Novi Bečej and Vranjevo through History

Explore the extraordinary past of Novi Bečej and Vranjevo through the pages of the book 'Novi Bečej and Vranjevo through History.' Uncover political events, economic development, and cultural heritage of these Banat towns through richly documented stories. Follow the evolution from the earliest days to the present, delving into the intricate threads of political intrigues, economic transformations, and cultural ascensions. Experience the past through the eyes of the author as the pages of the book unfold before you, providing a unique perspective on the life and legacy of these significant locales.

Peasant Rebellions and the Uprising of Doge György

In contrast to the working class, which was led by trade unions or guild organizations during its formative period, peasants lacked leaders. Revolts and resistance against the oppression and ruthless exploitation by the nobility or the state occurred spontaneously, making each of their successes, although rare, all the more significant.

What united and made peasants solidary in these uprisings was their equally harsh conditions and the collective resistance and defense against their oppressors. Fundamentally, these rebellions do not differ from workers' strikes and uprisings because the root cause, exploitation, and resistance against it, remains the same. This has been the motivation for all uprisings throughout history, including those in the era of slavery led by the Gracchi brothers or Spartacus in Rome.

Hungary was known for its struggles for the throne, starting from the 14th century after the extinction of the Árpád dynasty, until its disintegration due to the Ottoman Turks and the Battle of Mohács in 1526.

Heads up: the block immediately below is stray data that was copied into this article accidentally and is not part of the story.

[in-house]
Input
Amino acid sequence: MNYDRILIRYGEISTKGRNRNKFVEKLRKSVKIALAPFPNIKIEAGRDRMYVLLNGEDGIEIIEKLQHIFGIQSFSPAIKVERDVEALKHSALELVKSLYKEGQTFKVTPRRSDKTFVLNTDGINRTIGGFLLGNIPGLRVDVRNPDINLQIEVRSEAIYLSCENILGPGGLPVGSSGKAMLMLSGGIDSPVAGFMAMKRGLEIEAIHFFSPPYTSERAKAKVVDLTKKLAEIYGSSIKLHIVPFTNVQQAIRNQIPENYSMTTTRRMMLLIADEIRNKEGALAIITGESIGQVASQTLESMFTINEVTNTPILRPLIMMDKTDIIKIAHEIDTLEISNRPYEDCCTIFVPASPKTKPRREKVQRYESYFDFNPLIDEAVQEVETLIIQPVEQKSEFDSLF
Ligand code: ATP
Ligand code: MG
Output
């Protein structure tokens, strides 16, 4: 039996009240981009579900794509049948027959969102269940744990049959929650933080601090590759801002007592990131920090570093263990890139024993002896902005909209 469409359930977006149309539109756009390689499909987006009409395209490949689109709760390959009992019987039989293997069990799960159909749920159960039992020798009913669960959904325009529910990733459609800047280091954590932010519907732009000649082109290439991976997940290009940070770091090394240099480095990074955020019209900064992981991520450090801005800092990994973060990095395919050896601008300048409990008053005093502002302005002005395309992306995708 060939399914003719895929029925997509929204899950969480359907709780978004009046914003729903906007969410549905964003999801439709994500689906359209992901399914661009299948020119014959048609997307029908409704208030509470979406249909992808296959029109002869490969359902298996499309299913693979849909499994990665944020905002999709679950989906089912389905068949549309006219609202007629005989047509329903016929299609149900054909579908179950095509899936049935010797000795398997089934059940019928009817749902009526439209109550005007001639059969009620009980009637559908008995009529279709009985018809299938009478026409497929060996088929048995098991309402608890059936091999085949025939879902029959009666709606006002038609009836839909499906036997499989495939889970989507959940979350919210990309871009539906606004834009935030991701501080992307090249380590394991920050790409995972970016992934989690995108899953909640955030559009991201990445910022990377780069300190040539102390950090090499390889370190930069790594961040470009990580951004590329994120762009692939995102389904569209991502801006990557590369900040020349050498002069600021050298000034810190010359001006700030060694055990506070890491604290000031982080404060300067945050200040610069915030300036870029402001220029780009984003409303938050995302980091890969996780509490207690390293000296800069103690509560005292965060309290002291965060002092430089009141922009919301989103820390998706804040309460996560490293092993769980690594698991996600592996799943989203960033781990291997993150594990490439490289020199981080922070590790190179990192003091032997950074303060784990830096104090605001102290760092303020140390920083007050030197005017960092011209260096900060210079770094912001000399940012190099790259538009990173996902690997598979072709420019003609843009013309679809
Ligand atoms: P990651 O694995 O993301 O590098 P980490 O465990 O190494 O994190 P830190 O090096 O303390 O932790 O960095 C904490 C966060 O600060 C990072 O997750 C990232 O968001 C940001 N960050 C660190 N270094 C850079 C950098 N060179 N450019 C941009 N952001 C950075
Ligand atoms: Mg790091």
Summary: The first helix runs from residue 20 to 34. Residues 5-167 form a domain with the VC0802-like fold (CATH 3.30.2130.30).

The fight for the throne worsened the already difficult situation of peasants and contributed to the outbreak of the largest uprising in the history of Hungary, the uprising of the so-called "kuruc" (crusaders) in 1514.

The Crusade against the Muslims, declared by Pope Leo X, was particularly popular among peasants because it promised those who joined the crusader army liberation from serfdom. Consequently, peasants flocked to the crusader army in masses, causing fear among the nobility that they would be left without a workforce. As a result, they demanded that King Vladislaus take immediate action against the Turks.

The king ordered the leader of the popular army, Doge György, who had gathered around 40,000 kurucs under his leadership, to march immediately against the Turks. Instead of advancing against the Turks, a peasant uprising erupted. The crusader units transformed into a revolutionary army under the leadership of Doge György, who proved himself not only as an experienced military commander but also as a true leader of the peasant masses.

Doge sent out calls across Hungary, urging peasants to join the uprising, kill nobles, and destroy their estates, as he proclaimed, "They will slaughter you like dogs and put you in agony."

Peasants in Novi Bečej responded to Doge György's call, and in 1514, they captured the fortress. The uprising was brutally suppressed by Jovan Zapolja, the voivode of Transylvania.

The magnitude of the uprising forced the nobility to unite and organize for its suppression. The rebellion was crushed, Doge was wounded, captured, subjected to severe torture, and killed.

The merciless retaliation of the nobility cost the lives of tens of thousands of peasants. Not only were the participants in the uprising exterminated, but their families also suffered the most horrific torments and tortures. After this victory, a law was enacted that deprived peasants of their freedom of movement and subjected them entirely to their masters.

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